10 Literary Couples That Should've Hooked Up

If this Valentine's Day you find you're feeling a little low, or perhaps just plainly annoyed by this romantic holiday, take heart. Your one true love could still be out there, unlike these doomed literary couples who just couldn't make it work — torn apart by distance, society's ignorance, WWII, death... or the fact that they didn't even appear in the same novel.

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Jo and Laurie

One could go on for hours about Jo’s decision to reject her best-friend Laurie in Little Women. “We would argue all the time, we would kill each other, you’re like my brother, yadda, yadda, yadda.” Jo, how could you? It seems like a remarkably mature decision given the fact that Jo’s family is in desperate need of some of the Laurence dough. In the end, she falls for the German Professor Bhaer. For some, a less exciting choice.


Mrs. Dalloway and Sally

Let’s be real, Mrs. Dalloway’s one true love is her friend Sally. Sadly, Clarissa and Sally can’t live their love out in the open (it’s the early 1900s), and Clarissa ends up married to the boring Richard Dalloway. In one particularly tragic and beautifully written passage, Clarissa recalls her friend Peter stumbling upon Clarissa and Sally kissing when they were young. “It was like running one’s face against a granite wall in the darkness! It was shocking; it was horrible!”

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Hester Prynne and Arthur Dimmesdale

Technically, Hester and Dimmesdale, the lovers at the center of Nathaniel Hawthorne’s The Scarlet Letter, do hook up. Their union results in their child, Pearl, who is born while Hester’s husband, the tyrant Chillingsworth, was away. This is Puritan Boston and the locals brand Hester with the Scarlett ‘A’ for adultery. Dimmesdale, a minister, descends into a hell of guilt and self-loathing. Though Hester and Dimmesdale had their moment in the sun, they should have been able to build a life together, intolerant society be damned.

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Harry and Hermione

It should come as little shock that fans of the Harry Potter series have created an entire universe of fandom and relation-shipping where Harry and Hermione, rather than Hermione and Ron, end up together. It does seem a bit of a stretch that Hermione, super-serious and super-intelligent, would go for the goofy Ron. But maybe he makes her laugh?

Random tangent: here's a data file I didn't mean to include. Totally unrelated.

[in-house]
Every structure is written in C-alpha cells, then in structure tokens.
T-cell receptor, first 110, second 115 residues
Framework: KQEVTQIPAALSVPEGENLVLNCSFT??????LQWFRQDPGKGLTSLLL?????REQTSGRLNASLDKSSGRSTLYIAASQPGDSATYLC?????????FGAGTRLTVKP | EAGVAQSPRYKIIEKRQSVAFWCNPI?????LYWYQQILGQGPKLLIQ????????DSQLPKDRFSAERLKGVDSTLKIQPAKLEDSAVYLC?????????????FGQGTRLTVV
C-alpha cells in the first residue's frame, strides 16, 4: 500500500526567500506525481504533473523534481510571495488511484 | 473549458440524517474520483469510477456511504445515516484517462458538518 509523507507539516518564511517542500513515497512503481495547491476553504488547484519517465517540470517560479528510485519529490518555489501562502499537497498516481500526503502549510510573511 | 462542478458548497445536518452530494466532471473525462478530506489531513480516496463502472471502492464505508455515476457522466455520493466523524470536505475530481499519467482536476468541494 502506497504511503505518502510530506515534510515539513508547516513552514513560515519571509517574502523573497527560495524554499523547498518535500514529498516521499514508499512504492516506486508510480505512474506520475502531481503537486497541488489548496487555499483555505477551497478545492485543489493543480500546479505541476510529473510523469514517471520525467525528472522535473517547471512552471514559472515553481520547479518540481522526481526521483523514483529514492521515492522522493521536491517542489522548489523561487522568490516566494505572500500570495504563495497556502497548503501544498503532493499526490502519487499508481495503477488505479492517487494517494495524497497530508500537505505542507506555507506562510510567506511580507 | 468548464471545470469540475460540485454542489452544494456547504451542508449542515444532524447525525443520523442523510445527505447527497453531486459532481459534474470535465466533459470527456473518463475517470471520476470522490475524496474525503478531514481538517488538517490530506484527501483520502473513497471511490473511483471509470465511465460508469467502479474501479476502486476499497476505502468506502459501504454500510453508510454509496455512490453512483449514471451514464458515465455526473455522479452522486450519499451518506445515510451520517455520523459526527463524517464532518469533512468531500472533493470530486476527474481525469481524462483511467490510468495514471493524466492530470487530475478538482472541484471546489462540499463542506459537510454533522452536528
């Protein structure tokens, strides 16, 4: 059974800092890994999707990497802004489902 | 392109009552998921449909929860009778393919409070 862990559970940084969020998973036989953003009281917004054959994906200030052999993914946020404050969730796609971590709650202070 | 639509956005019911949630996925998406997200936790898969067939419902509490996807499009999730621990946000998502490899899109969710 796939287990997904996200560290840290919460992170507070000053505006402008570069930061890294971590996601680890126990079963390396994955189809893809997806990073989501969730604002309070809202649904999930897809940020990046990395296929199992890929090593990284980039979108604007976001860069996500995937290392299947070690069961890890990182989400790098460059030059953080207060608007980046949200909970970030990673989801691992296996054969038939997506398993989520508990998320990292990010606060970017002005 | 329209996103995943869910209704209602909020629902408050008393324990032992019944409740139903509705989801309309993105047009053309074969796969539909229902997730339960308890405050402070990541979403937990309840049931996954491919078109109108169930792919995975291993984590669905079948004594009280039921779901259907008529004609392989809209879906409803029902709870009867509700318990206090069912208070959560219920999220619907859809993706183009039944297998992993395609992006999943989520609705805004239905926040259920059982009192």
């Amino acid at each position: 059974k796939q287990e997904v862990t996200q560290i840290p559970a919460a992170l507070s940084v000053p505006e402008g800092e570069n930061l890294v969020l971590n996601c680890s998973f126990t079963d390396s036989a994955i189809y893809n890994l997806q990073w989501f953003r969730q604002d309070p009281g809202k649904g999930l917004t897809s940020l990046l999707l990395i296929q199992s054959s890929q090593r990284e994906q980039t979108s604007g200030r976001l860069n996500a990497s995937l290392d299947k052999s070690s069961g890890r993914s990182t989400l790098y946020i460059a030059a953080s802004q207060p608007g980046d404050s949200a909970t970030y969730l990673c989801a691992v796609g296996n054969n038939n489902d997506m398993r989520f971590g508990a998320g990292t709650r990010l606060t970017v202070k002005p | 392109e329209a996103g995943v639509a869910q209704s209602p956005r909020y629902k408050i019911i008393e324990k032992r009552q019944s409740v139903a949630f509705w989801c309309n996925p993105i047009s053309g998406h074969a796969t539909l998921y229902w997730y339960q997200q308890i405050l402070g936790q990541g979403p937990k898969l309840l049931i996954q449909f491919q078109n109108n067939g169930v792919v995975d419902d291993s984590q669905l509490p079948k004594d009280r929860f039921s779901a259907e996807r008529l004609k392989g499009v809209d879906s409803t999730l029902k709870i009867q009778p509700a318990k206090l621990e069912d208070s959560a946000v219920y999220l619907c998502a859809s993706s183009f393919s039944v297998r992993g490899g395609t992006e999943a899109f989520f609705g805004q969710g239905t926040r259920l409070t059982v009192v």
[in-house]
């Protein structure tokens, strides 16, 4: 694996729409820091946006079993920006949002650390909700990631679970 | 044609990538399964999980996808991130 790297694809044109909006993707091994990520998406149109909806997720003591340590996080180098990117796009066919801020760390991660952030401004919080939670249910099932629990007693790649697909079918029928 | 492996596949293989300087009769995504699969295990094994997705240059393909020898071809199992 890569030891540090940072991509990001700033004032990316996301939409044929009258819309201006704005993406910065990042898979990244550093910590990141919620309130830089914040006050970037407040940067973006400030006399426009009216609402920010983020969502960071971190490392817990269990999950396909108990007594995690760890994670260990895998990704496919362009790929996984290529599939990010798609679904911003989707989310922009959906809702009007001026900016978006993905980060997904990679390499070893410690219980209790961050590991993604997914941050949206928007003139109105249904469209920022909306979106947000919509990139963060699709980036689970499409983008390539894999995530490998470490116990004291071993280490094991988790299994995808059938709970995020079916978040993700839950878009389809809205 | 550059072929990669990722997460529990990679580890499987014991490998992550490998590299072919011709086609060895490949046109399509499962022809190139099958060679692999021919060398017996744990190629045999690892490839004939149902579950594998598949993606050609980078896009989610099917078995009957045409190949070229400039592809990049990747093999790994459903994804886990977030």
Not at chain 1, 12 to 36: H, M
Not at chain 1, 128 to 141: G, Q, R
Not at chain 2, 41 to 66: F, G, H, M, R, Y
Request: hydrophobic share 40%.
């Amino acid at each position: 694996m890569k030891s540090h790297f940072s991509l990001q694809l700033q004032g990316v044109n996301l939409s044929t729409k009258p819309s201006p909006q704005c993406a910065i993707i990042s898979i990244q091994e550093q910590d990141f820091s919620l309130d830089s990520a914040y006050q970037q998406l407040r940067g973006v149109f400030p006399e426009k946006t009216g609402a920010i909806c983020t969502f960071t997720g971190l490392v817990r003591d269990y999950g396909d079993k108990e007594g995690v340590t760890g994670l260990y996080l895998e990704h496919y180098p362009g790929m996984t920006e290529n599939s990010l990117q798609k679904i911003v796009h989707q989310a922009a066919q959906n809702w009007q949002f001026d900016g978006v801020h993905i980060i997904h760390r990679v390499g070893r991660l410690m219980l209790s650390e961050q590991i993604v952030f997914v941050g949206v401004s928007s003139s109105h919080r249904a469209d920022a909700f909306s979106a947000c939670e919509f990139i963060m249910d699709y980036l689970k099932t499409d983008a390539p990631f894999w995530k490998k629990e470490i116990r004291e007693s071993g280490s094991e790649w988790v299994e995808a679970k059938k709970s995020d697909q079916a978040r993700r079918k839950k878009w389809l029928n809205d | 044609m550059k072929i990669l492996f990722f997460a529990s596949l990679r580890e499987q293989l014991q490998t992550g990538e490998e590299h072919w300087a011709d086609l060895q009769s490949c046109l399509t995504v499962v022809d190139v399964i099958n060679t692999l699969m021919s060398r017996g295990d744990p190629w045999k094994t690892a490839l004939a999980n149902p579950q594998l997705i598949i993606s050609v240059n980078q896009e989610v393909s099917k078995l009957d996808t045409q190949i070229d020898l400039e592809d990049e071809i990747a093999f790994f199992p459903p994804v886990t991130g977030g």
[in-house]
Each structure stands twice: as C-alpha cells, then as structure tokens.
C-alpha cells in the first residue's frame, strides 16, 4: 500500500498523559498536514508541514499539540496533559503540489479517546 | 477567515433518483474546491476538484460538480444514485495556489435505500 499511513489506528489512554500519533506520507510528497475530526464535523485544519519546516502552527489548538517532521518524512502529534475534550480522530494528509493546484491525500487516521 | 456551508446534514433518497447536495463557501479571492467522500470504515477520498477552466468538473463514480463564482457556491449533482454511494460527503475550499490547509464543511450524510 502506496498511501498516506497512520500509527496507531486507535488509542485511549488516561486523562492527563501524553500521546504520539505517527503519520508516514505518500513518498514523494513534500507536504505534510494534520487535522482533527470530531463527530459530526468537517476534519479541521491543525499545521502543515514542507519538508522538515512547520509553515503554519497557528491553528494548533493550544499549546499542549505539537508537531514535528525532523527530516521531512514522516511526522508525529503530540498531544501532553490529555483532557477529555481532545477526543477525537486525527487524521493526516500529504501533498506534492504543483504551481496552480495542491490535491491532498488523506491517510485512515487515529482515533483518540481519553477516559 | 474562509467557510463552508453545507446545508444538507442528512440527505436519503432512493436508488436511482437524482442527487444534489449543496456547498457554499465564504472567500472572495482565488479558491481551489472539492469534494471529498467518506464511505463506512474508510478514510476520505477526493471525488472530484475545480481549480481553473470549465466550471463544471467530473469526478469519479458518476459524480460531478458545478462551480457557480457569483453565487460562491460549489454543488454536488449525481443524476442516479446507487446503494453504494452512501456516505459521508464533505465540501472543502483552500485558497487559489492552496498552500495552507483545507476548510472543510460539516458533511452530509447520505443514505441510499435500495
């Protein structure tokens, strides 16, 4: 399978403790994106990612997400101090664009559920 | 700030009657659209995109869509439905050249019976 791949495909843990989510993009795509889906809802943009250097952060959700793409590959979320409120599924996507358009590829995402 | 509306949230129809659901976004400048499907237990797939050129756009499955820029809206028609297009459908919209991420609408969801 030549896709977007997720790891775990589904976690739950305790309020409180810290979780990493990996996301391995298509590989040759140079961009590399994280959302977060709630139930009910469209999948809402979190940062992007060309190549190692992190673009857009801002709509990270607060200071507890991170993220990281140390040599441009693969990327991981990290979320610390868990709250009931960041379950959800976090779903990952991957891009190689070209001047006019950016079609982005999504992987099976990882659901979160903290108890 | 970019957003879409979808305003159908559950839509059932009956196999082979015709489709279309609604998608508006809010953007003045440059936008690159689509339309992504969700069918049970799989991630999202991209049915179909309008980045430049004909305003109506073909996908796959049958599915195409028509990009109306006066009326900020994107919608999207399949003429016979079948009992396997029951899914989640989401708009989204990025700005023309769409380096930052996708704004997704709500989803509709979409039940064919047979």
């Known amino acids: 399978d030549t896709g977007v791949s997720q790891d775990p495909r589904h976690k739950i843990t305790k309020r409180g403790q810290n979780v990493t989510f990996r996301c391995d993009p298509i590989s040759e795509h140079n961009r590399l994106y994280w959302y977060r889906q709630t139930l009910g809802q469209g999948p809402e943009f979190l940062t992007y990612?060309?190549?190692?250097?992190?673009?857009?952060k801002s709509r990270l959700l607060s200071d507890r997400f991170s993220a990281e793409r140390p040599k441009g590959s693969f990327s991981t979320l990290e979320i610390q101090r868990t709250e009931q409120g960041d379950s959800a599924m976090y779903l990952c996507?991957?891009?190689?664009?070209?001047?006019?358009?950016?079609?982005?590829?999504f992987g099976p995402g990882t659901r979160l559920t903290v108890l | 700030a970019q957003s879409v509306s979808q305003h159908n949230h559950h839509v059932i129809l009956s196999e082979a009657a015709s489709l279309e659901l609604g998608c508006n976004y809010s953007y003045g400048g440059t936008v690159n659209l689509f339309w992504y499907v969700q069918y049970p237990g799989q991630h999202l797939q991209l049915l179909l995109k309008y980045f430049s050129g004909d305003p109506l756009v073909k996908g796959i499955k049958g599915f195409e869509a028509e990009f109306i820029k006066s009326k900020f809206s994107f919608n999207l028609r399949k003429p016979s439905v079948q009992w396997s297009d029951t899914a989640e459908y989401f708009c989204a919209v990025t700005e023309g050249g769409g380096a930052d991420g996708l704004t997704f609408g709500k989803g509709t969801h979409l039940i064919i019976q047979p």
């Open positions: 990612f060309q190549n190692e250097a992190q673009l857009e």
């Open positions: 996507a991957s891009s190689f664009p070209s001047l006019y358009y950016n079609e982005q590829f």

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Cecilia and Robbie

Here be spoilers! British novelist Ian McEwan just about killed us when he created an epic love story between Cecilia, a well-born lady, and her family’s groundskeeper’s son, Robbie, in his 2001 novel Atonement. When Robbie is wrongly accused of molesting a young girl by Cecilia’s younger sister Briony, he’s sent to prison, then shipped off to fight in WWII against his will. But eventually he returns to Cecilia and they live happily ever after. EXCEPT NOT AT ALL because both Robbie and Cecilia were actually killed in the war and the entire novel is a work of fiction by Briony as a way to deal with her guilt. WHY GOD, WHY.

Frodo and Sam

Uh-huh. Lord of the Rings shippers have long celebrated the friendship — or love — whatever you want to call it, between Frodo and Sam. Sure, Sam ends up back in the Shire married to a woman, but maybe it’s more fun to imagine his love for Frodo is real… and unrequited.

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Charles and Sebastian

Within the theme of homosocial relationships, Charles and Sebastian’s in Brideshead Revisited really takes the cake. These two meet at Oxford and spend most of their lives entwined, though Evelyn Waugh never completely spells their relationship out as a romantic one. If they didn’t hook up, they certainly should have. Instead Charles ends up married to Sebastian’s sister. Whatever.

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Heathcliff and Catherine

Perhaps the greatest and most melodramatic unconsummated love affair in all of literature, in Emily Brontë’s Wuthering Heights Heathcliff is adopted by Catherine’s family and at young age, the son of gypsies. Growing up together Heathcliff and Catherine basically fall in love. But no, she has to marry the horrible Edgar and before you know it she’s dead (by childbirth) and Heathcliff, weeping over her coffin, grows up to become a monster. At least they end up together in eternity? I guess?

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Willoughby and Marianne Dashwood

Perhaps if Willoughby hadn’t been such an awful cad in Jane Austen’s Sense and Sensibility, leading Marianne to believe he loved her and would marry her until he loses his inheritance and dumps her for a wealthy woman, their epic romance could’ve been one of literature’s greatest romances. But in the end, the brightest flames do burn out, and Marianne ends up with Colonel Brandon, a good man who is willing to go to the end of the earth for her.

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Esther Greenwood and Holden Caufield

Even though Esther lives in Sylvia Plath’s The Bell Jar and Holden in Salinger’s The Catcher in the Rye, these two crazy kids have an awful lot in common: psychological issues, resentment of phonies, white, upper-middle-class, well-educated, etc. On second thought, maybe a relationship between the two would be less of a good idea and more like World War III. Happy Valentine’s Day!

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